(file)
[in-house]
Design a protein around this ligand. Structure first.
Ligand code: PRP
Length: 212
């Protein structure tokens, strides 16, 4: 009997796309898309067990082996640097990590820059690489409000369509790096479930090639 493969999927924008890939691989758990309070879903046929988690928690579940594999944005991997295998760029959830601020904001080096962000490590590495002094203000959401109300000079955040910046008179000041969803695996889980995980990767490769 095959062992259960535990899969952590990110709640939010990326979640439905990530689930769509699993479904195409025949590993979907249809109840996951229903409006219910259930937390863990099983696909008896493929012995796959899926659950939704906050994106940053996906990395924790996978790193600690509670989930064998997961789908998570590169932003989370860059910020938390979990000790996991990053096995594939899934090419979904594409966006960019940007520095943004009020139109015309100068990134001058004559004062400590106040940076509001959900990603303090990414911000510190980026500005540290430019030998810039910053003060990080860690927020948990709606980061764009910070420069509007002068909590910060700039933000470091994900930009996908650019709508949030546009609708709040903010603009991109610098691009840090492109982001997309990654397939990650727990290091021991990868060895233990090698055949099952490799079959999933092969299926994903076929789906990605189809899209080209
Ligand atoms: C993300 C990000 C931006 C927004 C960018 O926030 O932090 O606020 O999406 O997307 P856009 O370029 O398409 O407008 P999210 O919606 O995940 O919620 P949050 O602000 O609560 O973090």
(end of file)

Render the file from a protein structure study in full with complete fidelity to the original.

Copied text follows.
[in-house]
Design a protein around this ligand. Structure first.
Ligand code: PRP
Length: 212
């Protein structure tokens, strides 16, 4: 009997796309898309067990082996640097990590820059690489409000369509790096479930090639 493969999927924008890939691989758990309070879903046929988690928690579940594999944005991997295998760029959830601020904001080096962000490590590495002094203000959401109300000079955040910046008179000041969803695996889980995980990767490769 095959062992259960535990899969952590990110709640939010990326979640439905990530689930769509699993479904195409025949590993979907249809109840996951229903409006219910259930937390863990099983696909008896493929012995796959899926659950939704906050994106940053996906990395924790996978790193600690509670989930064998997961789908998570590169932003989370860059910020938390979990000790996991990053096995594939899934090419979904594409966006960019940007520095943004009020139109015309100068990134001058004559004062400590106040940076509001959900990603303090990414911000510190980026500005540290430019030998810039910053003060990080860690927020948990709606980061764009910070420069509007002068909590910060700039933000470091994900930009996908650019709508949030546009609708709040903010603009991109610098691009840090492109982001997309990654397939990650727990290091021991990868060895233990090698055949099952490799079959999933092969299926994903076929789906990605189809899209080209
Ligand atoms: C993300 C990000 C931006 C927004 C960018 O926030 O932090 O606020 O999406 O997307 P856009 O370029 O398409 O407008 P999210 O919606 O995940 O919620 P949050 O602000 O609560 O973090």